Day Three was enjoyable and also a turning point for me. I rolled out of Butt’s towards the Canadian border before Sarah and Aliz, legs feeling roasted. Sarah caught me shortly and passed me saying she was going to ride her pace, that was the last I saw of her for a few days, but I was happy she was feeling strong and doing what felt best for her. About 10 miles in my legs were coming to life and I put on some music for the only time during the trip. With my sad cowboy tunes, climbing next to some beautiful mountains, I was feeling real good before a nice long descent. At the bottom I sat for a moment and dried my soaked bivy and sleeping bag in the sun and enjoyed some cookies and a nice cold instant coffee. As I started climbing up towards the infamous “wall” I ran into my friend Arya and we had some really good chats before I carried on. I passed by beautiful swimming holes and campsites as I climbed up and blasted down another 3000ft pass towards the US border. No time for those things on the divide. I was feeling goooood. I think that was my favorite section.
At the border I also ran into Zoe who I would end up riding with for the next 5ish days. We waited for Aliz for a few hours but I was getting antsy so I rolled off to Eureka for some dinner. I hemmed and hawed about waiting for Aliz and Zoe or going to catch up with Sarah, who was only 30 minutes ahead of me when I hit the border. Feeling anxious I decided to go catch her and hammered up the climb out of town. One thing I did enjoy out there was a realistic idea of how long mileage takes. You are riding enough to know your actual average speed and with 40 miles to catch Sarah I was looking at four hours or so. It was only 8:30, “I am doing some riding in the dark tonight”, I thought. Cool. A real adventure today. At 10:30 I was almost to the top of the first climb (only 2500 feet if I remember right) when I got an inreach message from Aliz. They were only 4 miles behind me and looking for a spot to camp. At this point I was getting real tired and between two more hours of riding in the dark or a quick descent to camp with some friends, the later one.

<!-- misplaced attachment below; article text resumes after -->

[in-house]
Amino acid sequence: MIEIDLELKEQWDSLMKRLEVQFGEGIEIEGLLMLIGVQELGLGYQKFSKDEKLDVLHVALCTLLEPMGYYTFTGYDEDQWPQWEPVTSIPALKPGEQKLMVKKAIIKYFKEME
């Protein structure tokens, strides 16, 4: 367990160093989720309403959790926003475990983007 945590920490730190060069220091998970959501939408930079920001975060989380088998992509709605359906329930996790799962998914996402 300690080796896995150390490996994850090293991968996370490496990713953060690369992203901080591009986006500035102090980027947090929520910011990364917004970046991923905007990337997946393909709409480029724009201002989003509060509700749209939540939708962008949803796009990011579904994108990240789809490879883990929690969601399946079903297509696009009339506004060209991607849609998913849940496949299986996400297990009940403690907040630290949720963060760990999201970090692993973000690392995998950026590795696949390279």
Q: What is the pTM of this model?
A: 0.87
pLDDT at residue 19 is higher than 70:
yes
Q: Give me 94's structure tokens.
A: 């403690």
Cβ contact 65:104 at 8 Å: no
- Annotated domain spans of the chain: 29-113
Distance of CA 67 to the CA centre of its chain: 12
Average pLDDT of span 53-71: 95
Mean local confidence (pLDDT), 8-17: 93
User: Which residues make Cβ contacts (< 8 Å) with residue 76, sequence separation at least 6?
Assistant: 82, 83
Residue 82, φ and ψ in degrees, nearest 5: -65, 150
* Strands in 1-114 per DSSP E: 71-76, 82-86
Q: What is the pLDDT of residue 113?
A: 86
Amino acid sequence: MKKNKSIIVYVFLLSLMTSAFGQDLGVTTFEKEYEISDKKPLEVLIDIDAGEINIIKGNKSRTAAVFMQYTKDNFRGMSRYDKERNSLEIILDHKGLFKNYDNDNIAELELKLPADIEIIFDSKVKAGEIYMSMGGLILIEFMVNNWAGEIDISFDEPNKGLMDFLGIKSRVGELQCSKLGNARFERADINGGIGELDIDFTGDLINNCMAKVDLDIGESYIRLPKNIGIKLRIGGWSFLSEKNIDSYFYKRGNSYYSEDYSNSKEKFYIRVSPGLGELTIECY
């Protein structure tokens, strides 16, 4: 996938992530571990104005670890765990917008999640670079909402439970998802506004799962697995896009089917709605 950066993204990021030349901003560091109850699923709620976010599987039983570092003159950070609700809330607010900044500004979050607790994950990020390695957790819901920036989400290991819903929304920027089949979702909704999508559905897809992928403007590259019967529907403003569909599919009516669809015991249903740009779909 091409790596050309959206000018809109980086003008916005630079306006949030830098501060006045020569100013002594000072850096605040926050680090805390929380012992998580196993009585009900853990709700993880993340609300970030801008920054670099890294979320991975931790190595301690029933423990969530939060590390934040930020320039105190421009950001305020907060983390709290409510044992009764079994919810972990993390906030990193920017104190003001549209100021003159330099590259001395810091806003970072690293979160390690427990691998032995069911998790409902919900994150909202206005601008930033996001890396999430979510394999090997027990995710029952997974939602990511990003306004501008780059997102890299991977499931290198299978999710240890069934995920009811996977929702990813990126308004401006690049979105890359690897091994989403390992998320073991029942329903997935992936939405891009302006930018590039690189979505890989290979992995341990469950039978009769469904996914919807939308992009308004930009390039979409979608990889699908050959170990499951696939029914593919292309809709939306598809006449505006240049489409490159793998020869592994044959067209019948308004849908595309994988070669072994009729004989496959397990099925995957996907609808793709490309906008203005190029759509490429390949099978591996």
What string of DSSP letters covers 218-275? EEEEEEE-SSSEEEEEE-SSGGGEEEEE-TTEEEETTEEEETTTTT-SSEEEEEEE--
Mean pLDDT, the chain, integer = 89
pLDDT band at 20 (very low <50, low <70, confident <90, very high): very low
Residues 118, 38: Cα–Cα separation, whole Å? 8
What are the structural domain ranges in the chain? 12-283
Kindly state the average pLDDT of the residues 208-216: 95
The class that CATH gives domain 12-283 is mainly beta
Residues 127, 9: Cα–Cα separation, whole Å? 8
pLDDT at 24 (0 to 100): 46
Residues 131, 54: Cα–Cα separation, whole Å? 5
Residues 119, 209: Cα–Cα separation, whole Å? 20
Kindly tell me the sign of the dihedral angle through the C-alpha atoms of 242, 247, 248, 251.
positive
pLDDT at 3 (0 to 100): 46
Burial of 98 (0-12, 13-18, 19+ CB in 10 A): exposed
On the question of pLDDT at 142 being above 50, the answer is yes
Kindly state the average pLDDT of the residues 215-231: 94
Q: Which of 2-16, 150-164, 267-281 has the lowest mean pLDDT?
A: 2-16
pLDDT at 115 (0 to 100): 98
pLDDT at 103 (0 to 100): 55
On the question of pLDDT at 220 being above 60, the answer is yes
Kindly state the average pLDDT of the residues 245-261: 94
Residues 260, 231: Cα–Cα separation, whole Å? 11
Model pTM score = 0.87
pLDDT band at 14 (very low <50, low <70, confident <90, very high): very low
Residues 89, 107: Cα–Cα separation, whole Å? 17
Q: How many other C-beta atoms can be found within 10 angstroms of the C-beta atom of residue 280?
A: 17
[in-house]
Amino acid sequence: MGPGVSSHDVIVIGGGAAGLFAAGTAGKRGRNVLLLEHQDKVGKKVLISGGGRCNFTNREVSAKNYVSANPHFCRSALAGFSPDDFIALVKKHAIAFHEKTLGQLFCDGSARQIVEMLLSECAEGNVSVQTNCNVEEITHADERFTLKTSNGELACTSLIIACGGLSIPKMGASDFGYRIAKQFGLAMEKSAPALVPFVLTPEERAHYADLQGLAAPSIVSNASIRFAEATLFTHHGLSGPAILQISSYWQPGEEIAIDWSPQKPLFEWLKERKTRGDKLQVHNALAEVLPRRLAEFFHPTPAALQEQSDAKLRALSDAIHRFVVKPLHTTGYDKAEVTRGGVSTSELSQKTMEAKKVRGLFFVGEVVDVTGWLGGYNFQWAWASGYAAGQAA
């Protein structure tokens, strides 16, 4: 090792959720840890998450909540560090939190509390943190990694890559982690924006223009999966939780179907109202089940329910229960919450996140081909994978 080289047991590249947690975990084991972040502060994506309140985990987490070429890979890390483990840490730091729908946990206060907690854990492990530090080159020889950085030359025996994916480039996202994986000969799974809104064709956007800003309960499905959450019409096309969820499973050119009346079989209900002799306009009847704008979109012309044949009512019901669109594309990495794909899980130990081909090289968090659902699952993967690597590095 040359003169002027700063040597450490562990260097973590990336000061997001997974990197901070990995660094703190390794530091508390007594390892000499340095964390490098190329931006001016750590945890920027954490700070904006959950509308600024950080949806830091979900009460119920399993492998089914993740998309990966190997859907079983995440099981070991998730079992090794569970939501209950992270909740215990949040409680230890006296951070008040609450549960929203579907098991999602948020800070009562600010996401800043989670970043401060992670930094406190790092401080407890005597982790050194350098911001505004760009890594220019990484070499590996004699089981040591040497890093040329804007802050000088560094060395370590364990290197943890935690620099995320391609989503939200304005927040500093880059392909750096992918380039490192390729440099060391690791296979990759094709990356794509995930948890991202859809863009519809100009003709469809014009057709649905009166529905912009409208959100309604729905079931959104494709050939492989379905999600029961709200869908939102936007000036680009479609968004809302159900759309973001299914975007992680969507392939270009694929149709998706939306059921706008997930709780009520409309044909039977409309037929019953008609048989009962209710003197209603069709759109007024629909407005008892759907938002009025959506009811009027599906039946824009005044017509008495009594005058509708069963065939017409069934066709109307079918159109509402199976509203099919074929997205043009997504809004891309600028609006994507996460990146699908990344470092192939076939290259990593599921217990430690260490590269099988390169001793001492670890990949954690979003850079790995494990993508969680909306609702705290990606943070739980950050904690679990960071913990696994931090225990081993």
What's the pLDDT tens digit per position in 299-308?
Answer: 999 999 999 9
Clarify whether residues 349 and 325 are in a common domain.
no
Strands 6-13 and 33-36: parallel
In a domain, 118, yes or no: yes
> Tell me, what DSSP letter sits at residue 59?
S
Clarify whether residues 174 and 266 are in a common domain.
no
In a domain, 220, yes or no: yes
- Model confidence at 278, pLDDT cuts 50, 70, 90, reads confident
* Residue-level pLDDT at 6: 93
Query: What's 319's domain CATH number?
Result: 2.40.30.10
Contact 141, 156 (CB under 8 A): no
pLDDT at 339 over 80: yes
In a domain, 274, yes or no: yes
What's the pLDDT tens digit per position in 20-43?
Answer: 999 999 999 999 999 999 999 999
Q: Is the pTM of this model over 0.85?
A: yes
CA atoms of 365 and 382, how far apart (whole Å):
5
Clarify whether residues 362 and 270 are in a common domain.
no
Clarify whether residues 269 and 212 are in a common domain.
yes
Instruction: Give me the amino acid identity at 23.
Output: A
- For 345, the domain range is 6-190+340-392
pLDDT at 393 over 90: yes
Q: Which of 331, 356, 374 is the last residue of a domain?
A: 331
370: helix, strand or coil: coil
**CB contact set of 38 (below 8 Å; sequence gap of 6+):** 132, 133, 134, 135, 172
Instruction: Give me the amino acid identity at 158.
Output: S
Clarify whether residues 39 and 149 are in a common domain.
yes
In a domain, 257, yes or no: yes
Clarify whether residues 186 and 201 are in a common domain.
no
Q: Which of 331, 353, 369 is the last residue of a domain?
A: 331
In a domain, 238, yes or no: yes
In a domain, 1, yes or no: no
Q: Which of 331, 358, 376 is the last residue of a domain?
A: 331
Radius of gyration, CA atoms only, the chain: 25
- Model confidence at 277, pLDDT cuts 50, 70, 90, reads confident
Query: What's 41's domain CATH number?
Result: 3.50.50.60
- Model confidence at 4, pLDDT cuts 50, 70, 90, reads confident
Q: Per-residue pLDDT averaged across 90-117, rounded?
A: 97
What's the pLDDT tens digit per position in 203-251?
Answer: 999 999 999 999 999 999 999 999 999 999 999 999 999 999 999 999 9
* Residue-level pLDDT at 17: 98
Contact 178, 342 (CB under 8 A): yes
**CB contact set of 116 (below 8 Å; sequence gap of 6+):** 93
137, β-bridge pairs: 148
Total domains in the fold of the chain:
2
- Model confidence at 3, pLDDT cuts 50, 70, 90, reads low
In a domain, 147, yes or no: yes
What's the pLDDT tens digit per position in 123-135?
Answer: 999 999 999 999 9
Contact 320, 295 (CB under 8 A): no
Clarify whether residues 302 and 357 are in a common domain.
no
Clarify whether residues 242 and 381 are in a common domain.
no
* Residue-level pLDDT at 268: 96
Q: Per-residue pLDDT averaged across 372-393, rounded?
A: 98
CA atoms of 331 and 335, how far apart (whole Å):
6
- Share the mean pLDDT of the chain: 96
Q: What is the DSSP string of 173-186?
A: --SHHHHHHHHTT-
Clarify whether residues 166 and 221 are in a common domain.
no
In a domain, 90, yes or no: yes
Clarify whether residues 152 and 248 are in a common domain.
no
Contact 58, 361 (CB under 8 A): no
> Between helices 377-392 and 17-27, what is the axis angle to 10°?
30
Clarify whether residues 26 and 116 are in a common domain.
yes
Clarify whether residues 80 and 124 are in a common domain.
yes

That moment was a real turning point, not just for the ride but for me thinking about what my goals were. As I rode that climb I was trying to remember what I had gone out there for, it was the best way to make sense of things as far as I could tell. I wanted to do something hard. I wanted to feel those second, third and fourth winds that you can only feel on really big rides like this. I wanted time to think and be away from the world, but I also wanted to connect with my friends who I had set off with and have an enjoyable time. Part of me feels like if I had caught up with Sarah that night we would have made it to my original goal of Denver, but that didn’t happen and I ended up having a laugh-filled challenging ride down to Wise River with Aliz and Zoe.
Over the next six days we kept pushing hard. My riding partners were super strong and while I had moments, riding that many big days back to back added up. I remember near Whitefish thinking, “if I’m not feeling better in three days I should call it”. I never did feel better but I did last another five days. Those miles really blur together. Beautiful winding roads through Montana, riding up and dropping down big passes a few times a day. It was cool. It was hard. We were still pushing 70-80 mile days with 8ish thousand feet of climbing. We were riding past beautiful camp sites only to sleep on the side of the road and hardly stopping in these quaint and charming towns. Town lounging is one of my favorite parts of bike touring and being in such a rush all the time was honestly a huge bummer. Who knows the next time I will get to go to these amazing places, I would have loved to enjoy them more.